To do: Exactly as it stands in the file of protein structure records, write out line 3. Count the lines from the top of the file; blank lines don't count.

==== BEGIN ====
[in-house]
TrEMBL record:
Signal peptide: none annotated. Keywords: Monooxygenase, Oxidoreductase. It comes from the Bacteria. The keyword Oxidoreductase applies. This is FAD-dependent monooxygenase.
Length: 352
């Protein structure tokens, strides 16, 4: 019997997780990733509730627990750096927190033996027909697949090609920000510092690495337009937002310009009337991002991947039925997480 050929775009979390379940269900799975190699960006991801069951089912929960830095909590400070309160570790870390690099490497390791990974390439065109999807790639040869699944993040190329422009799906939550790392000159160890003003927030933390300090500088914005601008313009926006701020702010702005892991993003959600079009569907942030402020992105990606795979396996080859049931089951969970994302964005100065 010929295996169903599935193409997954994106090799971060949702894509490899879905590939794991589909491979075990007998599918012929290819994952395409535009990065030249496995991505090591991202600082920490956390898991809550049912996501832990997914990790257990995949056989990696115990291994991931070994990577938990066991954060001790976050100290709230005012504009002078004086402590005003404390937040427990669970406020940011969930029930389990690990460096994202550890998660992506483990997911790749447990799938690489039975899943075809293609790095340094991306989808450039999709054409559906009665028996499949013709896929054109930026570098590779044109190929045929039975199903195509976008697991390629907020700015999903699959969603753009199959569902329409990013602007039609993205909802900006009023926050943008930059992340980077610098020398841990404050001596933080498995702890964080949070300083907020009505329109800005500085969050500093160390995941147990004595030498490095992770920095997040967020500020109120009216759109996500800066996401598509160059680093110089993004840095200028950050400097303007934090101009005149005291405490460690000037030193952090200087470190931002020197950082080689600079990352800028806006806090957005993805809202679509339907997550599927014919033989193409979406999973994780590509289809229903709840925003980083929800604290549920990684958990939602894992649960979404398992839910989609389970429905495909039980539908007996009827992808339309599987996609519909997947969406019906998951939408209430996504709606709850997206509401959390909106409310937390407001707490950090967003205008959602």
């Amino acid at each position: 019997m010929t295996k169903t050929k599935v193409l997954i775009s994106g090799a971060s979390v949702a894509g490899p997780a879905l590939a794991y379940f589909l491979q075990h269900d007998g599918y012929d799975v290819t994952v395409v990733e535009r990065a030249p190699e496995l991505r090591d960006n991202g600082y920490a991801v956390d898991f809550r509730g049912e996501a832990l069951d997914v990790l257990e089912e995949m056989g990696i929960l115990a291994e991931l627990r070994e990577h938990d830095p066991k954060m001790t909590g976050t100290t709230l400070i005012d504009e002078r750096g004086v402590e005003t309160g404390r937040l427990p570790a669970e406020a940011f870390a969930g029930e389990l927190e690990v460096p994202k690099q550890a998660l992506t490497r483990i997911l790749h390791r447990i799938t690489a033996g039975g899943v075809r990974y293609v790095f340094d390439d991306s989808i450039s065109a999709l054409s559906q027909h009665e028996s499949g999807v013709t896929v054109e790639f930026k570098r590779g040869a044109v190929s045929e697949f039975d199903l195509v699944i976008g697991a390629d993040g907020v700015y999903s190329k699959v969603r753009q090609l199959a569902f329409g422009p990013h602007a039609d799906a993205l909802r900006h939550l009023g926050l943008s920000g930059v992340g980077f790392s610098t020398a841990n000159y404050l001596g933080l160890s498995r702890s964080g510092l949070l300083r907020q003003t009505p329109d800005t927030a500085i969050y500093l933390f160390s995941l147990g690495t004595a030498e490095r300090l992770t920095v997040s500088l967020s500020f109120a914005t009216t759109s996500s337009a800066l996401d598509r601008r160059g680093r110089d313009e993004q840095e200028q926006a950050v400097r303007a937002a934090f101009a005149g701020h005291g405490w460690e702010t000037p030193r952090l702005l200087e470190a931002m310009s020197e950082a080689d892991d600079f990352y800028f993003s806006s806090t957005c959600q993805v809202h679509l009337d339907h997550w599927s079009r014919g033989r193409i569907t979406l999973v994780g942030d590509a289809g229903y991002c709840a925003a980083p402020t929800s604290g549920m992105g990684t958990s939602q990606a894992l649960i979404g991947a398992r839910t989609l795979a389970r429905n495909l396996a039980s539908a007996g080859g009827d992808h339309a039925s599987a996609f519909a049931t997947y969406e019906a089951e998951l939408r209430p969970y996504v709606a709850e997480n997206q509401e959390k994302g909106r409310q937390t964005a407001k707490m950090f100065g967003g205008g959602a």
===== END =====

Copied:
Signal peptide: none annotated. Keywords: Monooxygenase, Oxidoreductase. It comes from the Bacteria. The keyword Oxidoreductase applies. This is FAD-dependent monooxygenase.